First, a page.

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My problem is from Israel Gelfand's Trigonometry textbook.

Page 48. Exercise 8: b) If $\tan\alpha=r$, write an expression in terms of $r$ that represents the value of $\cos^2\alpha-\sin^2\alpha$.

The attempt at a solution:

Well I solved a) which was similar, question was: a) If $\tan\alpha=2/5$, find the numerical value of $\cos^2\alpha-\sin^2\alpha$. Solution was this, since $\tan\alpha=\frac{\sin\alpha}{\cos\alpha}=\frac{2}{5}$, then $\cos^2\alpha-\sin^2\alpha=5^2-2^2=21$. b) part is more general version of a) I guess, but I can't seem to find identity that would allow me to solve it. I would appreciate some hints, thank you in advance.

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    $\begingroup$ $\frac ab=\frac cd$ does not mean that $a=c$ and $b=d$ !! $\endgroup$ – Yves Daoust Jul 21 '14 at 6:27
  • $\begingroup$ So my solution to a) is not correct? $\endgroup$ – George Apriashvili Jul 21 '14 at 6:31
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    $\begingroup$ @GeorgeDirac No, because $\cos\alpha$ can not exceed 1. $\endgroup$ – Bernhard Jul 21 '14 at 6:39
  • $\begingroup$ yeah that's true of course, looks like I have to redo it, thank you @Yves Daoust for noticing my mistake. $\endgroup$ – George Apriashvili Jul 21 '14 at 6:43
  • $\begingroup$ Well, the numerical value would be $21/29=0.724$. $\endgroup$ – George Apriashvili Jul 21 '14 at 6:49
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Two Hints:

$$\cos^2 x = \frac{\cos^2x}{1}=\frac{\cos^2x}{\sin^2 x+\cos^2 x}=\frac{1}{\tan^2 x+1}$$ And: $$\cos^2 x - \sin^2 x=\cos^2 x-\sin^2 x +(\cos^2x +\sin^2x)-1=2\cos^2x-1$$

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  • $\begingroup$ Thank you very much, I understand now. Answer would be $\frac{1-r^2}{1+r^2}$. $\endgroup$ – George Apriashvili Jul 21 '14 at 6:29
  • $\begingroup$ @GeorgeDirac - yes it would :) $\endgroup$ – nbubis Jul 21 '14 at 6:34
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$$\cos^2⁡x-\sin^2x=\frac{\cos^2x-\sin^2x}{\cos^2x+\sin^2x}=\frac{1-\tan^2x}{1+\tan^2x}.$$

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  • $\begingroup$ Using Mathjax on this site is not only preferred, but demanded. $\endgroup$ – 5xum Jul 21 '14 at 6:18
  • $\begingroup$ Very elegant and economical! $\endgroup$ – Yves Daoust Jul 21 '14 at 9:17
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We have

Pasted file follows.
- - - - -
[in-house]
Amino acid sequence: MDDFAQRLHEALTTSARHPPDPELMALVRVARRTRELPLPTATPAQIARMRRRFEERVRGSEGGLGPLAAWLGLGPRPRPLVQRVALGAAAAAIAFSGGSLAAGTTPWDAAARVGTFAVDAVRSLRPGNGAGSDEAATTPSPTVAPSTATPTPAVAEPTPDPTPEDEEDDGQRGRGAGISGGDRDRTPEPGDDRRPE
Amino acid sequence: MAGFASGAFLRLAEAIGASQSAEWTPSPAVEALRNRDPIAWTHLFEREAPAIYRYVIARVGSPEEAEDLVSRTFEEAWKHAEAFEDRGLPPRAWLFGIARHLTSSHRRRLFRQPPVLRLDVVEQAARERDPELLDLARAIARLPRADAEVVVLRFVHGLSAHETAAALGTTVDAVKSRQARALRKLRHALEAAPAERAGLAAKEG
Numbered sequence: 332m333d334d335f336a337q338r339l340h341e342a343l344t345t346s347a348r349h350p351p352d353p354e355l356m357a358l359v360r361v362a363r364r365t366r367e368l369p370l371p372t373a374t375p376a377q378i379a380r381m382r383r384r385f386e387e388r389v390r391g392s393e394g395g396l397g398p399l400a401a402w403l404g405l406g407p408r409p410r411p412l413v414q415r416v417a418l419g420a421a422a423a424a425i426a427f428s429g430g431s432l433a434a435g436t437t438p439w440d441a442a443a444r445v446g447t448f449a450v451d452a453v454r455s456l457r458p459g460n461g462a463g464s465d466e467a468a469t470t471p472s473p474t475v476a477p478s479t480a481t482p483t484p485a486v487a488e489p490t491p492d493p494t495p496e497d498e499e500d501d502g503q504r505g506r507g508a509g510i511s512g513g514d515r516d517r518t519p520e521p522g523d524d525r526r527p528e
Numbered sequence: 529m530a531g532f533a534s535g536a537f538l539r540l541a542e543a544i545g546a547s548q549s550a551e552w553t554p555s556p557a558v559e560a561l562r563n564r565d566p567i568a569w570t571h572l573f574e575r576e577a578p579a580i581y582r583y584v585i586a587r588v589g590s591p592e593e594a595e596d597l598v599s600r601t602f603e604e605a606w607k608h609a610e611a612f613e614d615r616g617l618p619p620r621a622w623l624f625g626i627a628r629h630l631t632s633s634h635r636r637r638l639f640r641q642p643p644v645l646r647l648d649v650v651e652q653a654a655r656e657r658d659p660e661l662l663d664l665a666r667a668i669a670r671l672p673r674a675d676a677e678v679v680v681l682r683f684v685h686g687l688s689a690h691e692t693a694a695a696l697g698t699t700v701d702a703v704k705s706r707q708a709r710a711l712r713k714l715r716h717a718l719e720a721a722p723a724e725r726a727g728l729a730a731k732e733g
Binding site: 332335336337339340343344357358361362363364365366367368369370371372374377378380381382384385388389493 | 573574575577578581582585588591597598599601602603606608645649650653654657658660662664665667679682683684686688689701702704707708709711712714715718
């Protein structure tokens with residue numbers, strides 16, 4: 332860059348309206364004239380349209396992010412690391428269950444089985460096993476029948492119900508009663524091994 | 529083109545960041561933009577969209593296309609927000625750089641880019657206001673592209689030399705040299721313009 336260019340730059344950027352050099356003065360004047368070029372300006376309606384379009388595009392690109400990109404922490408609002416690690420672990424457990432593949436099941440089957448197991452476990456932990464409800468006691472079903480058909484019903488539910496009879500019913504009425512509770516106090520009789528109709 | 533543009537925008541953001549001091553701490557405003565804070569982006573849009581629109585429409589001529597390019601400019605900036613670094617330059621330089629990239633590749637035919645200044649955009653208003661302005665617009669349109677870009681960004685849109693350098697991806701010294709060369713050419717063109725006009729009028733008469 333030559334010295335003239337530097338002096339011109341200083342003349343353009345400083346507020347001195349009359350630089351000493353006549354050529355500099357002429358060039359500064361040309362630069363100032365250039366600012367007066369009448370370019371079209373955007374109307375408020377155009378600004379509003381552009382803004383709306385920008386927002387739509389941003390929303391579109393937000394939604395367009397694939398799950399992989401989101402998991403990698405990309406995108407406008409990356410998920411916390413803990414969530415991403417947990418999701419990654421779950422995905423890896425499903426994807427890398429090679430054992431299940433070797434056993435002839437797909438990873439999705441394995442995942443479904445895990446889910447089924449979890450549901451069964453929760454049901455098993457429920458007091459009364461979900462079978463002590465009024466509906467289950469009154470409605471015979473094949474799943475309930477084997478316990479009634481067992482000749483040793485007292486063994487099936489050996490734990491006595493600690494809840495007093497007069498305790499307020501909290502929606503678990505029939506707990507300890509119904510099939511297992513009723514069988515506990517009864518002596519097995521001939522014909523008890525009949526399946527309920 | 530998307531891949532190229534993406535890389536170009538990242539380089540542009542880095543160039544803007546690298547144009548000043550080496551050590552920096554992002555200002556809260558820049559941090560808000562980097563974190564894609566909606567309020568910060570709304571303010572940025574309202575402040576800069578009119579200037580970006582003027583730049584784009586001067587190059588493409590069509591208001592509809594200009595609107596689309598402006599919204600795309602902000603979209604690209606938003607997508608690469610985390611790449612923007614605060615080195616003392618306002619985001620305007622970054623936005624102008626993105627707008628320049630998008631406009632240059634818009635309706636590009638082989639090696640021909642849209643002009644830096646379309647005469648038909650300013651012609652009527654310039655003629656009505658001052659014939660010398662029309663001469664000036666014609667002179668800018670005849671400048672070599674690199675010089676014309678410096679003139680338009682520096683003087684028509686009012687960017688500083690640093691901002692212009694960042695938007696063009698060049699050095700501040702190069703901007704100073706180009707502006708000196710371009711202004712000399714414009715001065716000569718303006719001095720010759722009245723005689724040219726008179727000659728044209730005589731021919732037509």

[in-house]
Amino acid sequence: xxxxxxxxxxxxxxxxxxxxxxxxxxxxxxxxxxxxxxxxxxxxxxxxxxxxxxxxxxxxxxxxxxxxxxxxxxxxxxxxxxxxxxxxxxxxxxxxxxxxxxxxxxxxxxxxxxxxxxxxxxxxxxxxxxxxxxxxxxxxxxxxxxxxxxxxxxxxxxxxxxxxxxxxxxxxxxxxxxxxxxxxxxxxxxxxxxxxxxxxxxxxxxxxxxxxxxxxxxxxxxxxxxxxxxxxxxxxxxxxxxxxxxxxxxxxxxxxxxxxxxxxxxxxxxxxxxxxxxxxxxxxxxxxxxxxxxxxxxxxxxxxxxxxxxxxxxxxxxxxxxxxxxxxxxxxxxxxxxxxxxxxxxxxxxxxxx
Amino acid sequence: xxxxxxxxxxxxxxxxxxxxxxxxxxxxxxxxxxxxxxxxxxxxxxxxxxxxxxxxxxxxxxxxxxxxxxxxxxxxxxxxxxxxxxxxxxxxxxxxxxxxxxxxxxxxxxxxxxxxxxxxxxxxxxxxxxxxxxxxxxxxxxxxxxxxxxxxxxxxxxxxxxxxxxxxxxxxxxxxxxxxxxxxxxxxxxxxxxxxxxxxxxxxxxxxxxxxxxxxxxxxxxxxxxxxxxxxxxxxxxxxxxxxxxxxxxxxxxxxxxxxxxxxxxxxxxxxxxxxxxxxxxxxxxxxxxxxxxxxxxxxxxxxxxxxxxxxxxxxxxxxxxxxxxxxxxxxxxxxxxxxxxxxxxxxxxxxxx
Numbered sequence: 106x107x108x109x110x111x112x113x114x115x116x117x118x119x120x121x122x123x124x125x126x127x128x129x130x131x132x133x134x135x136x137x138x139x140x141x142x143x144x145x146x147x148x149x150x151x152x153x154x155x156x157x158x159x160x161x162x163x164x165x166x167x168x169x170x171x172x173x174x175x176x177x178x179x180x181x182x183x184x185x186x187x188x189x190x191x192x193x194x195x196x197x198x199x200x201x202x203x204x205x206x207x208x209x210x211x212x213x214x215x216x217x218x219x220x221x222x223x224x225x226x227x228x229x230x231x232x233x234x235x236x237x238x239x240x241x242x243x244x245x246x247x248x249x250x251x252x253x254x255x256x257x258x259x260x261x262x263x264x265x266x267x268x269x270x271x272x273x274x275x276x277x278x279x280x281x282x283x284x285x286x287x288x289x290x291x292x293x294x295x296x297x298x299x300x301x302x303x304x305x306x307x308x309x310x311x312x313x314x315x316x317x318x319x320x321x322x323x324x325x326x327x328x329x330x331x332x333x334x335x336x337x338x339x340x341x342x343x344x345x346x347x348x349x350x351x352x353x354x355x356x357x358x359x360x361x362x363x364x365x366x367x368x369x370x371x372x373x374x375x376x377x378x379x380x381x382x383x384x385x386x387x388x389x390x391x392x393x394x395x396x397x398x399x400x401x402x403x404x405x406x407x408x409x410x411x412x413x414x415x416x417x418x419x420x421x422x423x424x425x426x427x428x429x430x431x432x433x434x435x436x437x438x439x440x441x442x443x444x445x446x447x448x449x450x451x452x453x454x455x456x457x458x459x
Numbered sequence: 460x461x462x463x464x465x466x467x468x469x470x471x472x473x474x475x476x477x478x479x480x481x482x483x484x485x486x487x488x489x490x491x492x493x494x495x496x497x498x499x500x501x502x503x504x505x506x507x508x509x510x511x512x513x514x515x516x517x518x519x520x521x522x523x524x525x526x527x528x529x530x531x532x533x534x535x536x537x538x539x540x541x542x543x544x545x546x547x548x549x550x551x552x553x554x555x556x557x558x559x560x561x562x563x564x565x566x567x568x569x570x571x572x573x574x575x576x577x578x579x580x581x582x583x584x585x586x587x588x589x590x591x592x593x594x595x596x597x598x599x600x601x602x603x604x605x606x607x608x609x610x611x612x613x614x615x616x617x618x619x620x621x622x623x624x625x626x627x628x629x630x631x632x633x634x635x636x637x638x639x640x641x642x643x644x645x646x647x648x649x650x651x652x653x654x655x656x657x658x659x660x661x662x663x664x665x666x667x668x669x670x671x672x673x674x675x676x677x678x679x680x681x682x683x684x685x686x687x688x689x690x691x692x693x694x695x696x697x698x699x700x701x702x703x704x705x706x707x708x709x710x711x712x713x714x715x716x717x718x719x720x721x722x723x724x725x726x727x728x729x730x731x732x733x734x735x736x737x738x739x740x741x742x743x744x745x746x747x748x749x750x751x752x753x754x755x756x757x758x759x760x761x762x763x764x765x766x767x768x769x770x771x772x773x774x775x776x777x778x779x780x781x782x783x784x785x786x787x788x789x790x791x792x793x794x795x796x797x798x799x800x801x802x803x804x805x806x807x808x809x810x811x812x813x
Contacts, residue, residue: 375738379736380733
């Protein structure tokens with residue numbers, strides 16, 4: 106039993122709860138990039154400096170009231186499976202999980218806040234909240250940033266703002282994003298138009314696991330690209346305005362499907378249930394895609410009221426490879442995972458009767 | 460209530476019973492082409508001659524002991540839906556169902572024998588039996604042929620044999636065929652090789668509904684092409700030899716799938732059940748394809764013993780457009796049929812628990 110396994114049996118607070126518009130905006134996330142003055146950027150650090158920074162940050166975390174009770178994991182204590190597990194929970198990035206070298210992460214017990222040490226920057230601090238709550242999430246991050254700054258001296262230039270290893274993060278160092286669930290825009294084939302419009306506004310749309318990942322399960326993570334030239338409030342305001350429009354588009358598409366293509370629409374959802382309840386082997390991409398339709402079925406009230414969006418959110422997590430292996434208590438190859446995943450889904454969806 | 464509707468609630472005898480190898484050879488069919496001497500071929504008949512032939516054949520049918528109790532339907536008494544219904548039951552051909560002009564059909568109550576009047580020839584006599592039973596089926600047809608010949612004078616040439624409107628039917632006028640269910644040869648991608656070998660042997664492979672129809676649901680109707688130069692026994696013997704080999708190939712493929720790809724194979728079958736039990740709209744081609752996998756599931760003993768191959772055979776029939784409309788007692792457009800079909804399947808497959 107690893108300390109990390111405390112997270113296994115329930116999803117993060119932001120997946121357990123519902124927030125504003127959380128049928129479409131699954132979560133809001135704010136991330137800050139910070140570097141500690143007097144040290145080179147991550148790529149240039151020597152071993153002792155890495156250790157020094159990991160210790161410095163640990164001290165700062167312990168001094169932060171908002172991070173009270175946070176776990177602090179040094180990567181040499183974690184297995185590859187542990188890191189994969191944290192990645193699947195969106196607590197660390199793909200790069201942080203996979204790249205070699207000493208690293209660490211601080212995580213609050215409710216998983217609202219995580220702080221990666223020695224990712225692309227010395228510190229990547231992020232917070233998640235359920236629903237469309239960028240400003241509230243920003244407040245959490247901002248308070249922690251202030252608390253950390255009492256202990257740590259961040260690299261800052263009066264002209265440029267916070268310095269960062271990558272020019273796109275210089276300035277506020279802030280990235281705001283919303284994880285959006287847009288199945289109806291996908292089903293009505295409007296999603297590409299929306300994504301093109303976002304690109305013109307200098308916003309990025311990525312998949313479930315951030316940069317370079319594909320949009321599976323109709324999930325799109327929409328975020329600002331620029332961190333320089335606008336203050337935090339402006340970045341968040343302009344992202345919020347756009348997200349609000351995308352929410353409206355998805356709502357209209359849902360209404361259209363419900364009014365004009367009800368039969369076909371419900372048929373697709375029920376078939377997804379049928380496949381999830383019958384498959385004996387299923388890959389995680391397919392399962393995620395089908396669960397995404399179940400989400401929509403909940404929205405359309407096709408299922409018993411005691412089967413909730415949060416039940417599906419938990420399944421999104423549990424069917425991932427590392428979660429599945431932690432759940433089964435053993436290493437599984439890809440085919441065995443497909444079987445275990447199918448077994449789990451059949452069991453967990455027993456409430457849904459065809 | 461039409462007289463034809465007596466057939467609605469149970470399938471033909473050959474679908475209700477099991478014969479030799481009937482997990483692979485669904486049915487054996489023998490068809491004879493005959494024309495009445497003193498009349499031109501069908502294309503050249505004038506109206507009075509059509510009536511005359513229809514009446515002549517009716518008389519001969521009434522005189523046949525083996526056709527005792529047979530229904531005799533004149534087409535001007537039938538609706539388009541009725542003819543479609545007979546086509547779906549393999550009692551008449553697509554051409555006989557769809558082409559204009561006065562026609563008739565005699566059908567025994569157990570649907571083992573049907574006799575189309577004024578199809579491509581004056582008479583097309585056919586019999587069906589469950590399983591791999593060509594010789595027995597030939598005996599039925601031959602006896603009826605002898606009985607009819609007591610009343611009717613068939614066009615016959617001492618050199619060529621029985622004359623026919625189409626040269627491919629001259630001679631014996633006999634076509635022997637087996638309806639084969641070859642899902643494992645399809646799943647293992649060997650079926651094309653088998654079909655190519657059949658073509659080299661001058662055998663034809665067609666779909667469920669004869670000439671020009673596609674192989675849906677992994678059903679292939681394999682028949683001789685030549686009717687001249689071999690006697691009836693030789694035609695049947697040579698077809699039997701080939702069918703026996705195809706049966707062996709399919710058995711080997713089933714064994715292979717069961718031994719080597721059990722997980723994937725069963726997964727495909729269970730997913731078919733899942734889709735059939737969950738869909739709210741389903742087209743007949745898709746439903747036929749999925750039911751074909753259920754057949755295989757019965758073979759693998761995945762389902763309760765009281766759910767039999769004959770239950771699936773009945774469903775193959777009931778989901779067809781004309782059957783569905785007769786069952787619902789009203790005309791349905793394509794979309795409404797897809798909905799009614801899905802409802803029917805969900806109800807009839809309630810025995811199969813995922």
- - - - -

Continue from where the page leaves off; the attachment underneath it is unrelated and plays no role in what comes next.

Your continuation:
$$\cos^2\alpha-\sin^2\alpha=2\cos^2\alpha-1$$ and by $$\cos^2\alpha=\frac1{1+\tan^2\alpha}$$ we find

$$\cos^2\alpha-\sin^2\alpha=\frac2{1+r^2}-1=\frac{1-r^2}{1+r^2}$$

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We have: $$\sin \alpha=\pm\frac{\tan \alpha}{\sqrt{1 + \tan^2 \alpha}}\!$$ and $$\cos \alpha=\pm\frac{1}{\sqrt{1 + \tan^2 \alpha}}\!$$ then $$\sin^2 \alpha=\frac{\tan^2 \alpha}{1 + \tan^2 \alpha}=\frac{r^2}{1 + r^2}\!$$ and $$\cos^2 \alpha=\frac{1}{1 + \tan^2 \alpha}\!=\frac{1}{1 + r^2}$$

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You start from $r=\frac{\sin\alpha}{\cos\alpha}$ and must evaluate $\cos^2\alpha-{\sin^2\alpha}$.

This should push you to set $c=\cos^2\alpha, s=\sin^2\alpha$, use $$c+s=1$$ and rewrite the first relation as $$r^2c-s=0.$$ Solve this linear system for $c$ and $s$: $$(1+r^2)\ c=1\\(1+r^2)\ s=r^2.$$ Then$$c-s=\frac{1-r^2}{1+r^2}.$$

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($\sin\theta$/$\cos\theta$)=r
or,($\cos\theta$/$\sin\theta$)=1/r
or,($\cos^2\theta$ )/($\sin^2\theta$)=1/$r^2$[squaringbothsides]
or,($\cos^2\theta$+$\sin^2\theta$)/($\cos^2\theta$-$\sin^2\theta$)=(1 + $r^2$)/(1 - $r^2$)[ApplyingComponendoandDividendo]
or,1/($\cos^2\theta$- $\sin^2\theta$)=(1 + $r^2$)/(1 - $r^2$ )
or,($\cos^2\theta$- $\sin^2\theta$)=(1 - $r^2$)/(1 + $r^2$)

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    $\begingroup$ Please use Mathjax, otherwise it's very hard to see the solution. $\endgroup$ – George Apriashvili Jul 21 '14 at 6:38
  • $\begingroup$ For starters Here is the tutorial! $\endgroup$ – MonK Jul 21 '14 at 9:30
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My Approach:

$\tan \alpha=r$

$\implies \tan^2 \alpha=r^2$

$\implies \large \frac{\sin^2 \alpha}{\cos^2 \alpha}=r^2$

Apply Componendo and Dividendo

$\implies \large \frac{\sin^2 \alpha+\cos^2 \alpha}{\sin^2 \alpha-\cos^2 \alpha}=\large \frac{r^2+1}{r^2-1}$

$\implies \large \frac{1}{\sin^2 \alpha - \cos ^2 \alpha}=\large \frac{r^2+1}{r^2-1}$

$\implies {\sin^2 \alpha - \cos ^2 \alpha}=\large \frac{r^2-1}{r^2+1}$

Multiply both sides by -1

$\implies {\cos ^2 \alpha-\sin^2 \alpha}=\large \frac{1-r^2}{1+r^2}$

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